SN: I'm not a federal law enforcement officer. I don't enforce federal law. Neither does our Sheriff's Office. We operate within Oregon law as we go through our interactions with Immigration and Customs Enforcement. I'll tell you ICE is a key law enforcement partner. Our federal partners are someone that we want to make sure we maintain communication with because they may be aware of a public safety issue that I'm not—and so as we operate within the bounds of the law, we do report foreign-born citizens as well as make sure foreign-born citizens get their lawfully deserved connection with their consulate of their country of origin.
Our only nexus with ICE comes through the jail. So, it's an individual who has either been arrested on a warrant or has been arrested for probable cause to commit a crime, and probable cause is a standard that I mean—more likely than not, that crime was committed, even though it remains an allegation. At the end of the day, for me, it's about public safety and I cannot even imagine what it must be like for families to lose a family member. But we go about things the right way and we follow the law in our attempts to get there.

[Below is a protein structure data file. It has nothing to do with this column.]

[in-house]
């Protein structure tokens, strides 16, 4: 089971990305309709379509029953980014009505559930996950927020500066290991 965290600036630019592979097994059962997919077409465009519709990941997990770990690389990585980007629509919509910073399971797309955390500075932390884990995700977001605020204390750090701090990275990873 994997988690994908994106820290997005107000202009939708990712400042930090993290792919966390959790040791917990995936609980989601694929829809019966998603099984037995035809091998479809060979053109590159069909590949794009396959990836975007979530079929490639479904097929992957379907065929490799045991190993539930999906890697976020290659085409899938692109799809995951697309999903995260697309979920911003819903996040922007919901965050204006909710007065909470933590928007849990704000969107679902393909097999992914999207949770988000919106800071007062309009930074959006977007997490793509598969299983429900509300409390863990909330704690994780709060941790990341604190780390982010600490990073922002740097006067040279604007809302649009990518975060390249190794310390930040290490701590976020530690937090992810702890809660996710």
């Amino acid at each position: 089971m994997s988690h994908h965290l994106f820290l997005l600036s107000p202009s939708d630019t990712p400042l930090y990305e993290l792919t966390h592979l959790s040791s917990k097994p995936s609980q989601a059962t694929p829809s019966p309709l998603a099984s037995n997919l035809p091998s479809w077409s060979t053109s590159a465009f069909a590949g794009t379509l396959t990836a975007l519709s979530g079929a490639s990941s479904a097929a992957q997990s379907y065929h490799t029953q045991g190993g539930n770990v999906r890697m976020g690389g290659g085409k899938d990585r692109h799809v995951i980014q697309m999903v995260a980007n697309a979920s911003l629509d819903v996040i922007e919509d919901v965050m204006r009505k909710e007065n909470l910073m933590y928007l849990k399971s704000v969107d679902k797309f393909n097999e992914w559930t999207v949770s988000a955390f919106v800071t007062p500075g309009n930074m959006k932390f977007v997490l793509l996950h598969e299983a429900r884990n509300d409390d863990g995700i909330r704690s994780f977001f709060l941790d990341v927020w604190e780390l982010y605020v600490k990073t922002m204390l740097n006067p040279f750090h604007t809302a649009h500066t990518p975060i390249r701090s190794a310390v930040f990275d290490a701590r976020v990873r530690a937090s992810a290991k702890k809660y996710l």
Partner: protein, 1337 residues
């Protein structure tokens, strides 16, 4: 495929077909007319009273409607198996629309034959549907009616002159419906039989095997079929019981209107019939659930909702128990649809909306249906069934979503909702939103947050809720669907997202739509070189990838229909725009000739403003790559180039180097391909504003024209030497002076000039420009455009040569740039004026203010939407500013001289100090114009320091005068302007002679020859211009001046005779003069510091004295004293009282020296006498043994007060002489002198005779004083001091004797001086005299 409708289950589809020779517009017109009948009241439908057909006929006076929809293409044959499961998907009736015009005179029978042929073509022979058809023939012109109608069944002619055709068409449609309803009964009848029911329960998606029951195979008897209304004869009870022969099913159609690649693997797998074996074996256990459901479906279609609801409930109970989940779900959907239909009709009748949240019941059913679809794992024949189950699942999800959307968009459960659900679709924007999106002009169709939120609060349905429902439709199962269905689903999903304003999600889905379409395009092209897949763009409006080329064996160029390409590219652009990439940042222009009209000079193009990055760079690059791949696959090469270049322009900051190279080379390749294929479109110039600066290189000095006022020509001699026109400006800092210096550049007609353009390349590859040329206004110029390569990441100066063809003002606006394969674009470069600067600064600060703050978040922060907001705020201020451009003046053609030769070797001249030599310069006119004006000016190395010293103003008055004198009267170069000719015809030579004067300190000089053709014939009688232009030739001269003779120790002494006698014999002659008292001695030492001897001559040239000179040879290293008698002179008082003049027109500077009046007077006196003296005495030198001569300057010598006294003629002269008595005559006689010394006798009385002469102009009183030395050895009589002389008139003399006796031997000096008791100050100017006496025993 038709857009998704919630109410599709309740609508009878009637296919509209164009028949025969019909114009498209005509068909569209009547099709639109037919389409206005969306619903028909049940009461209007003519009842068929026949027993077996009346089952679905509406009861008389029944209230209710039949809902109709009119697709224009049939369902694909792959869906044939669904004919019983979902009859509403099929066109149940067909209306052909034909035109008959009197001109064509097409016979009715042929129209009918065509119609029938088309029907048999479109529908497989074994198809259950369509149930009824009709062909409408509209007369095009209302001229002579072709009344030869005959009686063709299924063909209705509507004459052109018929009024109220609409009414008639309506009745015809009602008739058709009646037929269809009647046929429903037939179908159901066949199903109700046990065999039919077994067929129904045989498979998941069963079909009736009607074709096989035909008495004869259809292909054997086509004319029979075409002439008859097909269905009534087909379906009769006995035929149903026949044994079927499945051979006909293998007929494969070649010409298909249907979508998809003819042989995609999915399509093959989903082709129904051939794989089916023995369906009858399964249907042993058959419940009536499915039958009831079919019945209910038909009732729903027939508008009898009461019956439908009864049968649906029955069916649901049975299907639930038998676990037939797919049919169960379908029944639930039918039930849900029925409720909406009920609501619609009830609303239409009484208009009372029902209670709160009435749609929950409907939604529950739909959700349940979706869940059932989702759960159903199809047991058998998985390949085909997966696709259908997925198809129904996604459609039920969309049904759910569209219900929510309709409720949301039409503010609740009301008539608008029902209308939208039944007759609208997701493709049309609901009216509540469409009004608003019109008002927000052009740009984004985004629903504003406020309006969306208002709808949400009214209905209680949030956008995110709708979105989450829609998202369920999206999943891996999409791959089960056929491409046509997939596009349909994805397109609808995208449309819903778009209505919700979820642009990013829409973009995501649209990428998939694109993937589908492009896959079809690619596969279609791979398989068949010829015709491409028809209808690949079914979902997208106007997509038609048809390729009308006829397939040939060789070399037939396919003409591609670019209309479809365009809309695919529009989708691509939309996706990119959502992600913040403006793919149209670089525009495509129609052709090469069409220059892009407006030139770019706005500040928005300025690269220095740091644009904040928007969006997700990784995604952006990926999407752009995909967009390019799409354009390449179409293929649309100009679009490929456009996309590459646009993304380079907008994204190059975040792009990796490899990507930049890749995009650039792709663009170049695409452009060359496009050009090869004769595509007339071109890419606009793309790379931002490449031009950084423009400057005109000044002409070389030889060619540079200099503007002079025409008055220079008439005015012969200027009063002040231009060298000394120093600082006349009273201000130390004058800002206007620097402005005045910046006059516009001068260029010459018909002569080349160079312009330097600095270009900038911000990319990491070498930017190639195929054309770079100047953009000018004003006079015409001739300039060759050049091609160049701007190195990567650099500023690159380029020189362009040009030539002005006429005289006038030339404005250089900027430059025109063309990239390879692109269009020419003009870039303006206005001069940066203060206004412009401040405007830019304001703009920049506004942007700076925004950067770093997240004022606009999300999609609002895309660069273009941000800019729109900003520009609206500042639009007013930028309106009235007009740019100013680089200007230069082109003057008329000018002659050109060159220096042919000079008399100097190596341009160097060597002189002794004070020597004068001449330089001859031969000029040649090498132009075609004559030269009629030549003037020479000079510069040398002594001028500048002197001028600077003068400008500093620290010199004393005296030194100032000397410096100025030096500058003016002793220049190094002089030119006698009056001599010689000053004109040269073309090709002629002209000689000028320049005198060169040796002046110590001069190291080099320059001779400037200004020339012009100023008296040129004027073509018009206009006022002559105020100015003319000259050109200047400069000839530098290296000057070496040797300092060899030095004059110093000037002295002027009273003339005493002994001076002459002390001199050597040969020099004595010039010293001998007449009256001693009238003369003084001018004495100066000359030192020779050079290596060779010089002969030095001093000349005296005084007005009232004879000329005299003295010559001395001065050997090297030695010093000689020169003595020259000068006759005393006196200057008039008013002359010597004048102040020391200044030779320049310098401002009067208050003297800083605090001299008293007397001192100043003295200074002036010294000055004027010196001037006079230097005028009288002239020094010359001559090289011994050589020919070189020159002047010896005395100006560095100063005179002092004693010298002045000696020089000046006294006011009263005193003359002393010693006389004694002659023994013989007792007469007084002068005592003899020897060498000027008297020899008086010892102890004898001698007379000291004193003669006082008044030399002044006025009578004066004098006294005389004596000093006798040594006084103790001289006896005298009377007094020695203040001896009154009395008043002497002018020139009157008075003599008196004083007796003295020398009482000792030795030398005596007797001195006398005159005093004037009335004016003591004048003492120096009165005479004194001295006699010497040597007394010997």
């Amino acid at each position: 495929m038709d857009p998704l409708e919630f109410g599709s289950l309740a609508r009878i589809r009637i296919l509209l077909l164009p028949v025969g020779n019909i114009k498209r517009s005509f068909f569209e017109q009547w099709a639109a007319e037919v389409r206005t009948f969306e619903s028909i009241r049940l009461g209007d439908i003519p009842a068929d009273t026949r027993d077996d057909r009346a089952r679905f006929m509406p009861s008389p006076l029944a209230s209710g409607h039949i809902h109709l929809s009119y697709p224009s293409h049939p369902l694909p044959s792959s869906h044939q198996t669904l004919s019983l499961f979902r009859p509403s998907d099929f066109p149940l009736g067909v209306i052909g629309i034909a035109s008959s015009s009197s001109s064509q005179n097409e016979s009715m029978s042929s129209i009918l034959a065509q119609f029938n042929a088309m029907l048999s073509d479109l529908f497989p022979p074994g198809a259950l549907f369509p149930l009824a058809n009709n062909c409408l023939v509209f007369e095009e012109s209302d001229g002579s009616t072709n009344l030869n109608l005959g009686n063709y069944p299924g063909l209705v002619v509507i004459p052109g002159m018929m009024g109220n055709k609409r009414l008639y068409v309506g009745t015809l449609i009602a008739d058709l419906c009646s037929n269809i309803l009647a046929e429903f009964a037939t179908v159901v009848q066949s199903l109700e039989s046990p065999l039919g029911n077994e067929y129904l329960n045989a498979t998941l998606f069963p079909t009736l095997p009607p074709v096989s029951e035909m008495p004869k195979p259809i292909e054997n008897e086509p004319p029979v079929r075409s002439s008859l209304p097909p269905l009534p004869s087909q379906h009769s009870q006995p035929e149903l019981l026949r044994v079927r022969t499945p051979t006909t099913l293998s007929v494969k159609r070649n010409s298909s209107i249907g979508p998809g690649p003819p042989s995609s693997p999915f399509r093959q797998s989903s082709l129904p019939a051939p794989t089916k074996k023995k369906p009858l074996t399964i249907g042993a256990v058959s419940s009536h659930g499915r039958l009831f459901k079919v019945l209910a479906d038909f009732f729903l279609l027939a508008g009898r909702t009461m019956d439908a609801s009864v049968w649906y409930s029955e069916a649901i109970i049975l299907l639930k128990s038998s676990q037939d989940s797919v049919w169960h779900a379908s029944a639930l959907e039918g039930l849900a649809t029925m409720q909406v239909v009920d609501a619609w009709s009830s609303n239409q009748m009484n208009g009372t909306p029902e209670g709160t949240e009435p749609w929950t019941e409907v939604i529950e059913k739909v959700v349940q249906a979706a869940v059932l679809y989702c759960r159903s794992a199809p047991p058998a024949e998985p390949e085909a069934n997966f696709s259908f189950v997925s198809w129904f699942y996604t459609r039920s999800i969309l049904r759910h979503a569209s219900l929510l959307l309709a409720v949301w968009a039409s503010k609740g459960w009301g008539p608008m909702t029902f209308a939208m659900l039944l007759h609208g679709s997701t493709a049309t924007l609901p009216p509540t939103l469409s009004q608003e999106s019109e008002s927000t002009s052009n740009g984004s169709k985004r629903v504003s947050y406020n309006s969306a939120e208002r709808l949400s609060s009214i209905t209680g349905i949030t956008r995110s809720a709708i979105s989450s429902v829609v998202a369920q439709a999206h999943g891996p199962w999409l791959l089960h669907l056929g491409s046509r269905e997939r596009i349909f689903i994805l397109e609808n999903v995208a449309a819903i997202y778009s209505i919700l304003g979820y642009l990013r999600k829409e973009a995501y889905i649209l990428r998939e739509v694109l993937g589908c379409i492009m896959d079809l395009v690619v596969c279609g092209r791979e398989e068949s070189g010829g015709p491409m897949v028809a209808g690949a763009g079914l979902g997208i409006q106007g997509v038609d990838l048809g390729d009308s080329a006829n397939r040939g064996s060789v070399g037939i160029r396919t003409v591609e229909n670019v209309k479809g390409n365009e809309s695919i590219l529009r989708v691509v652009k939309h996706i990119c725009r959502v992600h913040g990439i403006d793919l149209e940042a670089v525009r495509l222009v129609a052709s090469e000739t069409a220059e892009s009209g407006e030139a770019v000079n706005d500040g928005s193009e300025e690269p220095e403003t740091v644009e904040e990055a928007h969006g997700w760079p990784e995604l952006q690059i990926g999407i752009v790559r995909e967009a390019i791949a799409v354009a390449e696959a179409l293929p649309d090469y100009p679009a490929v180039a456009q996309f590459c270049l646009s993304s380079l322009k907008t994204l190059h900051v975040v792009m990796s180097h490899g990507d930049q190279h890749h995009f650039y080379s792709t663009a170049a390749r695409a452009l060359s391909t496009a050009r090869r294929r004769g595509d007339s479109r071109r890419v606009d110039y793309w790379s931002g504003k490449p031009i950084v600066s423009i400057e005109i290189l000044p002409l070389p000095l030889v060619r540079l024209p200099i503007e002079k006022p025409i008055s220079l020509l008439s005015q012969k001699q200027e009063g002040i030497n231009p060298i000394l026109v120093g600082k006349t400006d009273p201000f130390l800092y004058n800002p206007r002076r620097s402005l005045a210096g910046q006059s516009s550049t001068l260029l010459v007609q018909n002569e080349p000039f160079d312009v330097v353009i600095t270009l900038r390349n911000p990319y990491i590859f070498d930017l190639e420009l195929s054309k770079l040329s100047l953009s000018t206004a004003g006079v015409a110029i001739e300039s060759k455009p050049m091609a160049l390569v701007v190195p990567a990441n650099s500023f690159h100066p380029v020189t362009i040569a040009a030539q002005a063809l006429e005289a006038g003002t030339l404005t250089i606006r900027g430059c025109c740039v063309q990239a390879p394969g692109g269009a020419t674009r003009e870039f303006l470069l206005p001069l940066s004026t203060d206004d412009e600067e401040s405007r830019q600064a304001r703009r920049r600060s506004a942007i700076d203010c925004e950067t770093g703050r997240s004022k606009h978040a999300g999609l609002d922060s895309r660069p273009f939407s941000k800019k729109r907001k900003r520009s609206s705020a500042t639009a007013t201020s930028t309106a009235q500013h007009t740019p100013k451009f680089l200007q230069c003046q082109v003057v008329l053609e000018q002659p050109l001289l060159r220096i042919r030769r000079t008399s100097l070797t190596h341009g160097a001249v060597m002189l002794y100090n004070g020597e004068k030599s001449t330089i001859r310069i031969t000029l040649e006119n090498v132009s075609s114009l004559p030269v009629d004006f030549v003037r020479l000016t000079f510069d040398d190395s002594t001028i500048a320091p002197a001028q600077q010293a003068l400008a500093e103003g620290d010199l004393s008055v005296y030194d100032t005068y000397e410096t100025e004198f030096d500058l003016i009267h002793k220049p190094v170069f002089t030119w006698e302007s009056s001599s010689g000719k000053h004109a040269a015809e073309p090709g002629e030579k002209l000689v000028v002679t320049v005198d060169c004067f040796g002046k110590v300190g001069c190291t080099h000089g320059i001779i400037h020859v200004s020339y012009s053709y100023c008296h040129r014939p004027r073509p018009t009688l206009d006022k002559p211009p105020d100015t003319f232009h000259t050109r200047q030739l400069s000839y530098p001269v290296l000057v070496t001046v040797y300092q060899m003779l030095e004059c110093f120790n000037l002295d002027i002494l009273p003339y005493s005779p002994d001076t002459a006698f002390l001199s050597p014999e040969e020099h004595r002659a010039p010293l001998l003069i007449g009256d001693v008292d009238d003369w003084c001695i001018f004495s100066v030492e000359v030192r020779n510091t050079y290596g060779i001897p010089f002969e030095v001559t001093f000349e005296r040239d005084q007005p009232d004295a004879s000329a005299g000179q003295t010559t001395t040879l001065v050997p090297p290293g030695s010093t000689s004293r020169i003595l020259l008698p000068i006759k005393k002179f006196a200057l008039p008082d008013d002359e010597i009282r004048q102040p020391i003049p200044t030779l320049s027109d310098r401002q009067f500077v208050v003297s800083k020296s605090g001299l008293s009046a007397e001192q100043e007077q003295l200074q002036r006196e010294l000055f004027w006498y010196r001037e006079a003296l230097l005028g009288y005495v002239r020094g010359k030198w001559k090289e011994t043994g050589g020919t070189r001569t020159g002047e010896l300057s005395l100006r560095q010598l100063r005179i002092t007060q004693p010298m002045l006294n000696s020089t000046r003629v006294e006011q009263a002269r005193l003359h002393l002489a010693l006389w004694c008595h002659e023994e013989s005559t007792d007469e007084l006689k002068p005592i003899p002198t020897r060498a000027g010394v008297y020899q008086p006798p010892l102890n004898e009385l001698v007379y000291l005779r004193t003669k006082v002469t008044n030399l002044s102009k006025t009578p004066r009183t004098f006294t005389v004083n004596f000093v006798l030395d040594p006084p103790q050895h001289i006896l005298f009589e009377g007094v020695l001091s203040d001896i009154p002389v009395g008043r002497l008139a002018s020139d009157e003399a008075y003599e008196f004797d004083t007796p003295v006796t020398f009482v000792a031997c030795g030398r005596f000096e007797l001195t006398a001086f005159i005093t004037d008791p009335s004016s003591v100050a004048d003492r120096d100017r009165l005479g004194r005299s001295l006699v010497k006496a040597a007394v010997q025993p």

SW: So I just want to unpack this just a tiny bit. So, the Sheriff's Office, through the jail, is sending a daily report to ICE regarding foreign-born citizens?
SN: Yes, we report foreign-born citizens in our custody.
SW: And in that is a voluntary action on behalf of the Sheriff's Office, correct?
SN: That's a voluntary action on behalf of our office. It does abide by Oregon law and it's something that I want to do in the interest of public safety. I want to make sure our federal partners know who we have in our custody because they may be working on something.
Scott Schaier, running for Deschutes County Sheriff
- Darris Hurst
- Scott Schaier, right, who is running for sheriff, is interviewed by Source Editor Nicole Vulcan.
Scott Schaier: My family and I, we've been here for the last seven years. And in that time what I've noticed and then what I've just learned from my experience being here is the culture of the Sheriff's Office is just completely broken—and I feel like it's been like that for quite some time. For those of you who may or may not know, we haven't had an outside-of-the-Sheriff's Office sheriff in our community in almost 20 years now, and I think it's very important that we give ourselves the opportunity to think outside the box and approach things from just a different perspective.